Are you susceptible to shin splints?

13-20% of all running injuries can be attributed to shin splints.  Shin splints is an umbrella term that includes inflamed muscles, tendons, and/or the thin layer of tissue that covers the bone.  Although painful enough to keep you on the sidelines for a while, most cases of shin splints can be effectively treated conservatively with ice, rest, over-the-counter pain relievers and wearing appropriate footwear.

What causes the pain?  Usually, shin splints develop as a result of consistent stressing of the bones, muscles, and joints of the lower leg.  The result is irritation and inflammation, both of which cause pain.  Factors that contribute to shin splints may include:

  • Running downhill – When you run downhill, your foot impacts the ground in a plantar-flexed position (toes pointed down), which puts additional stress on the muscles on the front of your shin, rather than distributing weight evenly through your foot.
  • Sudden increase in training frequency, duration, or intensity – Anytime you violate the 10% rule (do not increase training routines by more than 10 percent a week), there is a risk of injury, including shin splints.
  • Old shoes – As your running shoes accumulate miles, they lose the ability to absorb shock and adequately support the foot. 
  • Exercising on hard or inclined surfaces – Surface hardness and tilt place stress on the leg.
  • Previous history of shin splints – Runners who have had shin splints in the past are more likely to suffer them in the future.
  • Failure to rehab a previous bout of shin splints – Returning to normal training too soon is a common problem among athletes and can result in a quick re-occurrence.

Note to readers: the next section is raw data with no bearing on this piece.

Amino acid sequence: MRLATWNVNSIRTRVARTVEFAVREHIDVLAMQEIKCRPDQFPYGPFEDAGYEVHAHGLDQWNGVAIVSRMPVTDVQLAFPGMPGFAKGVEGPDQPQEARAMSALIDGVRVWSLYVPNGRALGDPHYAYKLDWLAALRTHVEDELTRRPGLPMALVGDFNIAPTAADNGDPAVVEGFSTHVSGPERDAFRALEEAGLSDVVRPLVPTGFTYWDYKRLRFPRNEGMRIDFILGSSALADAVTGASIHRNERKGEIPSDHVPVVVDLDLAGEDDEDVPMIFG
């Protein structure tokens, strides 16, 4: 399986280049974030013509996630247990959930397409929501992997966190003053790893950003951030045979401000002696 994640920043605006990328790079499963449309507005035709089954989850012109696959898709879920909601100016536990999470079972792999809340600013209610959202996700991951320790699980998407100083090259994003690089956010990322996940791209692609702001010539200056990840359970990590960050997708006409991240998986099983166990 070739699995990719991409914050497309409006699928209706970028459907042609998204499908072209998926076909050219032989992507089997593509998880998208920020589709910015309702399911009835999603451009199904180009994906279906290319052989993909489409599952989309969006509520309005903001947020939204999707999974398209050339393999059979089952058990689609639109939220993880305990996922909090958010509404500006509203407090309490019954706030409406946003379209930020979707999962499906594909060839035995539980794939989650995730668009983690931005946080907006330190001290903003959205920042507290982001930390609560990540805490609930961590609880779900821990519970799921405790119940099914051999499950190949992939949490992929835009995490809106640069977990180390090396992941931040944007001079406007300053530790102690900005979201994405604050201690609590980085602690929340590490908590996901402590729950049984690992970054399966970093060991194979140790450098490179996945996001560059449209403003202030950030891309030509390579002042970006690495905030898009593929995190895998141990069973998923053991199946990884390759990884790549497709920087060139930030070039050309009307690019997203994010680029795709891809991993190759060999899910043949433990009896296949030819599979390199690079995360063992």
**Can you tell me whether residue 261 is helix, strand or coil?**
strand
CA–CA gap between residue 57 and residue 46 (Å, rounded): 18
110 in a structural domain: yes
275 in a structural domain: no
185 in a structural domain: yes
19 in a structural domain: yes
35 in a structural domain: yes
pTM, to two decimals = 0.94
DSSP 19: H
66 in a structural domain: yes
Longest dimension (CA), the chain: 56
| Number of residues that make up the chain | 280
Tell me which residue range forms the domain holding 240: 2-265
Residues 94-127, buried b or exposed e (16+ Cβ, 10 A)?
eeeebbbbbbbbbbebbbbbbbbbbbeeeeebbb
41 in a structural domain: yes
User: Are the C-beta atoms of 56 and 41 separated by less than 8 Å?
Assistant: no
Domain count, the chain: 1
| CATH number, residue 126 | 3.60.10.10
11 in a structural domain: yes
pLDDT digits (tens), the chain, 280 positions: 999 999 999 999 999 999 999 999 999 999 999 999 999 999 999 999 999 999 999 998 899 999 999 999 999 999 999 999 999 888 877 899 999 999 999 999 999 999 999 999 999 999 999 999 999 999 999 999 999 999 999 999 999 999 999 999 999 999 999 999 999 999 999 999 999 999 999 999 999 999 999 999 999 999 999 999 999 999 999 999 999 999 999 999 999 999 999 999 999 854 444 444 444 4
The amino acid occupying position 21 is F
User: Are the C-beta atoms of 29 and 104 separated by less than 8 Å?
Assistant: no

• Flat feet, rigid arches, and over-pronation (ankles roll inward on impact)  - Any uncorrected mechanical malfunctions can lead to shin splints

If you are suffering from shin splints, initially you should:

  • Rest - Avoid activities that cause pain.  Cross-train with low impact activities such as pool training, bicycling or elliptical machine training.
  • Ice - Ice for 15-20 minutes at a time, four or more times a day.
  • Compression - Consult a FLEET FEET Fit Professional to discuss which compression wrap or compression sleeve is right for you.
  • Elevate - Prop your feet and legs up when resting and at night to avoid further swelling.
  • Over-the-counter (OTC) anti-inflammatory drugs - Use aspirin, ibuprofen, or naproxen for a short time.
  • Match your footwear's geometry to your needs - Your footwear should properly support your arch, moderate any excessive overpronation, and have a moderate-to-low heel rise.
  • Call or visit the FLEET FEET Training Center (855-LUV-2-RUN x5) - Learn how our classes can help you combat any mechanical malfunctions that are causing your pain.

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